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Recent Faves from the WFMU Record Library
October 2004

Reviewed by Music/Program Director Brian Turner

MARY LOU WILLIAMS/ Black Christ of the Andes (Smithsonian)
Duke Ellington called Williams a vocalist "beyond category", and indeed, her legacy far transcends the usual resume of those who grounded themselves in the Swing Era. Having been an arranger, composer, pianist, vocalist, and bandleader in the 1950's, the Georgia-born Williams took a very early move into the avant-garde in the 60's, wedding her jazz sensibilities with a deeply-rooted spirituality (creating "jazz masses"); she dedicated her life to helping other musicians downed by addiction to drugs an alcohol, and turned deep-rooted pain and suffering of herself and others into uplifting musical experiences. Following Sonny Rollins and Max Roach, she featured strong pro-African American political themes into the music, and worked ferociously touring, recording and playing right up to her death in 1980. "Black Christ of the Andes" is a stunning document of avant-jazz gospel vocal, supplemented by elements of Afro-Cuban waltz, funeral marches, soul, blues, funk, and great melodies.

MONOSHOCK / Runnin' Ape-Like From the Backwards Superman: 1989-95 (S-S)
From the esteemed Agony Shorthand author Jay Hinman: "The revamped, post-college MONOSHOCK were the great white hopes of Bay Area sub-underground rock for about a year; the few of us that closely followed their comings and goings, best captured on those three loud-as-fuck 45s, were flat-out convinced that they were one big Forced Exposure write-up or one big WFMU endorsement away from selling the nation on their considerable charms." Hey, we tried! For the connoisseurs of blasted, dirty-sound psychedelic punk, Monoshock are as hallowed as it gets. Chrome, Crime, and Hawkwind dwelled inside those gunky 7" grooves (and indeed "Hawkwind Show" on here one-ups Nick Lowe's "Rollers Show"), with down-the-hall vocals fighting to rise above the mix of skreeching wah, doomed cheesy effects and a mighty tornado of lo-fi insanity. I am not sure if the 2LP set is still around, but this newly issued collection of the band's 7" output is manna from heaven. And despite the digital format, it keeps the junk intact at an appropriately muddy level. The kids loving their Comets On Fire need this.

THAI ELEPHANT ORCHESTRA / Elephonic Rhapsodies (Mulatta)
The second effort from these prodigious pachyderms. They seem to have been listening to more Goblin these days.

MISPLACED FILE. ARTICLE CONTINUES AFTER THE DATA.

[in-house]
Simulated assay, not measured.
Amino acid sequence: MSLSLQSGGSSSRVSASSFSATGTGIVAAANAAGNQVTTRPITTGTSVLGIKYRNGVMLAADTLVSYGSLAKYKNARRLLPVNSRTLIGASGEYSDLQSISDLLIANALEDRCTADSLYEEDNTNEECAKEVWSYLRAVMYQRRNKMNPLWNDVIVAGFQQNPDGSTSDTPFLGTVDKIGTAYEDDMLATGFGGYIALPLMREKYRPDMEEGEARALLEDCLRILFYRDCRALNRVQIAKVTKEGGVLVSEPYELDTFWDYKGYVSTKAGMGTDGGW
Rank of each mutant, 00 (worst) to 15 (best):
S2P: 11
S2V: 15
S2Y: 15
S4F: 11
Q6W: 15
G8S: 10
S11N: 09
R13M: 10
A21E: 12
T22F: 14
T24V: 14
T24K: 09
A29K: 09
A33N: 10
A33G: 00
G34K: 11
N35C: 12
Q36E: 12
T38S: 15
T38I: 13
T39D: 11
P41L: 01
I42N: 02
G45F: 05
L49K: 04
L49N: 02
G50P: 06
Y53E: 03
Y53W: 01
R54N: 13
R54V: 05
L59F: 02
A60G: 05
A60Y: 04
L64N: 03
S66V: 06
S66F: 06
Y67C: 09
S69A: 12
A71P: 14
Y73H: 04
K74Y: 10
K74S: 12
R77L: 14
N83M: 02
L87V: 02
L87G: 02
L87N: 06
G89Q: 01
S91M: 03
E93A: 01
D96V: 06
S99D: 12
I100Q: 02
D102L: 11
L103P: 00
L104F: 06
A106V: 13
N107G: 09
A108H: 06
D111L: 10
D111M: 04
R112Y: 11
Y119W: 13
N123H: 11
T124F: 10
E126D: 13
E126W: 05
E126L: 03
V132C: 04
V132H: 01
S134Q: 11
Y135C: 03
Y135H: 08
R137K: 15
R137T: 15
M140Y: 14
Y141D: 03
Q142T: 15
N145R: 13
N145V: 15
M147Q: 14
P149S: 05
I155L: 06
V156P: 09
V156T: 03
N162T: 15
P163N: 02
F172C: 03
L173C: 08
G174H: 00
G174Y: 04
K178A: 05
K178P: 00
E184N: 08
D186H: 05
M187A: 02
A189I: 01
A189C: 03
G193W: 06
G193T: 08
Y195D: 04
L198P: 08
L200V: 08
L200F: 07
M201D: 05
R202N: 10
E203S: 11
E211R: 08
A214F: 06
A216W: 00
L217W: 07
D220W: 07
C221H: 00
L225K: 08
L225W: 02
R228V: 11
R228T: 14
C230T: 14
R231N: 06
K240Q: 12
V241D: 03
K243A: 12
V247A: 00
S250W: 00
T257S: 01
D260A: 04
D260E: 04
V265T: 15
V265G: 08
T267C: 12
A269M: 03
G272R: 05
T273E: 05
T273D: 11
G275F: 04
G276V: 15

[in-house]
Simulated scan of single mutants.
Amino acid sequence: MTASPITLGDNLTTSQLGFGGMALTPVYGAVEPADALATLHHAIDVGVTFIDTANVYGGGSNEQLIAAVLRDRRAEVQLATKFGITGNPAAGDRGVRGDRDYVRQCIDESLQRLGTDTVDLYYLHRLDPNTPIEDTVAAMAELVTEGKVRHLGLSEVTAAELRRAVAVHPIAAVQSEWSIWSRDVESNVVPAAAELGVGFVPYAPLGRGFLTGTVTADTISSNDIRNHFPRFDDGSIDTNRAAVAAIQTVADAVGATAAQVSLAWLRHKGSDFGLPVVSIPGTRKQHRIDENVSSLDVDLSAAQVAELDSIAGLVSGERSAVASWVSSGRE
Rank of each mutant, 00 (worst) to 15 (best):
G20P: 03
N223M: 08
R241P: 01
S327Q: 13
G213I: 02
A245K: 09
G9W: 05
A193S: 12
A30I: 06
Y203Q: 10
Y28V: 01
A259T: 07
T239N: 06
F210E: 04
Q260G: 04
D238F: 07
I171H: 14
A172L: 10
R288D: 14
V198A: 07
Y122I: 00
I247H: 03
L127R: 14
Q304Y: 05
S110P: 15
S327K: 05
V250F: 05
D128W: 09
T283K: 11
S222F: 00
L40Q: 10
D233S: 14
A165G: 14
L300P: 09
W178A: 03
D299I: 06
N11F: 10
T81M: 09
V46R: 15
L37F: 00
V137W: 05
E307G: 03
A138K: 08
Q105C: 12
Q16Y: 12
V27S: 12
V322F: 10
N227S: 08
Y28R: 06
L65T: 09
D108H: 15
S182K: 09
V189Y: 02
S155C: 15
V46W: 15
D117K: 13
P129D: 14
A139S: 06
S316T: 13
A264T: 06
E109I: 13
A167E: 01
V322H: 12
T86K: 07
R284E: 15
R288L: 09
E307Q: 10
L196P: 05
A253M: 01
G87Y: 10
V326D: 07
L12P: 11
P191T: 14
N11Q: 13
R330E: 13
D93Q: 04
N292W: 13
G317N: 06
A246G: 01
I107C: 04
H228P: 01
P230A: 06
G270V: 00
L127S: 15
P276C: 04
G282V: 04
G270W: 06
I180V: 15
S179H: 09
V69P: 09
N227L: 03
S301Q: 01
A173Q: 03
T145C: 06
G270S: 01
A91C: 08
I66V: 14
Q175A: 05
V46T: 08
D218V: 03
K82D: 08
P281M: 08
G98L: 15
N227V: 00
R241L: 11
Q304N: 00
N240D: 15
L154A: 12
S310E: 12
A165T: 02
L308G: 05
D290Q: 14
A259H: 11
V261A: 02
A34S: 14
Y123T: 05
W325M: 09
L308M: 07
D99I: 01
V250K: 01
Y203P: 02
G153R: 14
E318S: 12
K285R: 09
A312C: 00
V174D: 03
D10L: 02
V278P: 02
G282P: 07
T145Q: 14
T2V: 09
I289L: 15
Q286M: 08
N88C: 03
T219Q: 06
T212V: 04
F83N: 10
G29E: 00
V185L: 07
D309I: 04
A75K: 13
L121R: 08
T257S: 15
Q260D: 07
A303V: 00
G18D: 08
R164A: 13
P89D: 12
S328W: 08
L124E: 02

XEX / Group: Xex (The Smack Shire)
For all the moaning I've done over the years about growing up in a culturally detached small town in Pennsylvania though my formative years of discovering weird-ass punk and new/no wave music, the truth is simply that the most mind-boggling ideas and warped musical aesthetics sprung from these places. Amidst the sea of coked-up Cinderella wannabes who played my high school anti-drug rallies, the Kevin Cronin-of REO-produced big-fish-in-a-small-pond rock gods that walked down our streets, and the sheer overload of crapola, there were mutants who had it up to here with all of that silliness. Close to NYC, but not quite there, they never quite got recognized, and they sure confused a lot of locals. I sure appreciated 'em for merely existing in an oppressive musical locale where the town's one promoter was too busy hosting dance shows on TV where he got out of a Rolls flanked by ho's and booking wheezy hair-metal reunions.
Xex must have been in a similar boat down in South River, New Jersey. Sporting black garb, blurting arps, and bizarro names like "Thumbalina Guglielmo" and "Waw Pierogi" (!) these guys represented a totally bonkers aesthetic that seems like it was taking its cues from what was being hyped in the NYC underground scene about that time: Eno, Talking Heads, etc., but in fact this music is choking under something more black, toxic, and totally Jersey. While they sang about mall rat zombies who ran around trying to catch up with fashion, they also addressed nuns and nerve gas. Musically, it sounds like it has more to do with German nuts like Grauzone and California's zonked synth-gothers Factrix or Nervous Gender than anything else remotely in xex's radius. What gives?
Tom Smith did radio shows for a while on WFMU, and was entrenched in the LP library listening to odd finds in backwards order starting at 'Z' when he came across this lost gem. It totally blew our brains. There's zilch about them on the web, as well (apparently not even the hip New York papers gave 'em a mention), and he has been threatening to reissue this baby for some time. Here 'tis at last. Turn up the minimal synth NJ underground!

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